Older People Contact More Obstacles When Wearing Multifocal Glasses and Performing a Secondary Visual Task.
Menant, Jasmine C. PhD *; St. George, Rebecca J. BSc (Hons) *; Sandery, Blake *; Fitzpatrick, Richard C. PhD *; Lord, Stephen R. PhD, DSc *
Journal of the American Geriatrics Society.
57(10):1833-1838, October 2009.
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OBJECTIVES: To determine whether wearing multifocal glasses affects obstacle avoidance and eye and head movements during walking with and without a secondary visual task in older people.
DESIGN: Randomized order, cross-over, controlled comparison.
SETTING: Falls laboratory, medical research institute.
PARTICIPANTS: Thirty community-living adults aged 65 and older.
MEASUREMENTS: Obstacle contacts, secondary-task errors, average head angle (HA) in pitch, and peak-to-peak pitch amplitude of the eye (PA-E) and the head (PA-H) were assessed during obstacle-only and dual-task trials that required participants to read a series of letters presented in front of them at eye level under multifocal and single-lens glasses conditions.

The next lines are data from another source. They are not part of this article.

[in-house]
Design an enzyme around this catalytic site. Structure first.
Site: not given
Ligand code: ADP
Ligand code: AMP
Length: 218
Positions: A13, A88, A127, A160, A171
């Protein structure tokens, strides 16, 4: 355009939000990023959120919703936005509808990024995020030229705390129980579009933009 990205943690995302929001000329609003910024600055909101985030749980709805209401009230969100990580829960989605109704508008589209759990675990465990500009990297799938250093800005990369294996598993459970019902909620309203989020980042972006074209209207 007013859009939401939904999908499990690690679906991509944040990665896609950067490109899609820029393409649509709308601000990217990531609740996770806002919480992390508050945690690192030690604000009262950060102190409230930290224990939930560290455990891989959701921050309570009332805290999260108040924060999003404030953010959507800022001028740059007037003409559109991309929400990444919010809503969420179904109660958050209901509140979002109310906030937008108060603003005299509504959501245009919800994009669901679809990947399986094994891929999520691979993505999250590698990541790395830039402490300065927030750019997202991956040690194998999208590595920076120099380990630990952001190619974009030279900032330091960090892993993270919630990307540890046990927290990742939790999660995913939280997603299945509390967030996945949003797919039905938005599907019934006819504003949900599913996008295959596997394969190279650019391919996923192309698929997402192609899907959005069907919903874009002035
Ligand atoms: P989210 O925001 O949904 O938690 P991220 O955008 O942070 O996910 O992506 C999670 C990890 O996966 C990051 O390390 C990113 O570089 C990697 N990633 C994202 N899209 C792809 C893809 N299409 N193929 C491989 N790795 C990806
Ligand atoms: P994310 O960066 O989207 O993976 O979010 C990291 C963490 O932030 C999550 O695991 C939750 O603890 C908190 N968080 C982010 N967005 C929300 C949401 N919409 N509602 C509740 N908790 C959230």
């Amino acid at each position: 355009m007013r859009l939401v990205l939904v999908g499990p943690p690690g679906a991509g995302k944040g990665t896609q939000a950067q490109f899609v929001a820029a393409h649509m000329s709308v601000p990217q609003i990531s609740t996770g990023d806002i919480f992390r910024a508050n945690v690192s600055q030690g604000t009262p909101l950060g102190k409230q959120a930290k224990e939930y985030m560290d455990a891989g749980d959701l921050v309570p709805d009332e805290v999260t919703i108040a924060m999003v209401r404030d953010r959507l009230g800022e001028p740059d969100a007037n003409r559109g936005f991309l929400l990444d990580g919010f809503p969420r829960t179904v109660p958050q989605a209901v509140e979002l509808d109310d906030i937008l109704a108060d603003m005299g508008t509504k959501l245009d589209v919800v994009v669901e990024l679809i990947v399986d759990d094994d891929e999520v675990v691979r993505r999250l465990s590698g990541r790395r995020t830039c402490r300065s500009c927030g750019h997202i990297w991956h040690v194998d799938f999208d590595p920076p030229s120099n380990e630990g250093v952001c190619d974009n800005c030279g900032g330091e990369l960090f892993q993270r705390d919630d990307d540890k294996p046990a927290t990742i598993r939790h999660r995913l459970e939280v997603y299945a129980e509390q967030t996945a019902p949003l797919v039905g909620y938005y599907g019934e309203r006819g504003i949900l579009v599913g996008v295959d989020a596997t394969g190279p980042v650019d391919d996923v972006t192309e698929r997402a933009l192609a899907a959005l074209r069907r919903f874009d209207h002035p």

RESULTS: When wearing multifocal lens glasses, participants performed the obstacle-only trials more slowly (P=.004) and contacted more obstacles in the dual-task trials (P=.001) than when wearing single-lens glasses. For the dual task trials under the multifocal glasses condition, greater PA-E was associated with more obstacle contacts ([rho]=0.409, P=.02) and greater PA-H was associated with more secondary-task errors ([rho]=0.583 P=.002). Lower HA was associated with more secondary-task errors ([rho]=0.608, P=.002) and increased PA-H ([rho]=0.426, P=.02).
CONCLUSION: The findings demonstrate that older adults contact more obstacles while walking with their attention divided when wearing multifocal glasses. This is probably because of a failure to adopt a compensatory increase in pitch head movement, resulting in blurred vision of obstacles viewed through the lower segments of multifocal glasses.
(C) 2009 by the American Geriatrics Society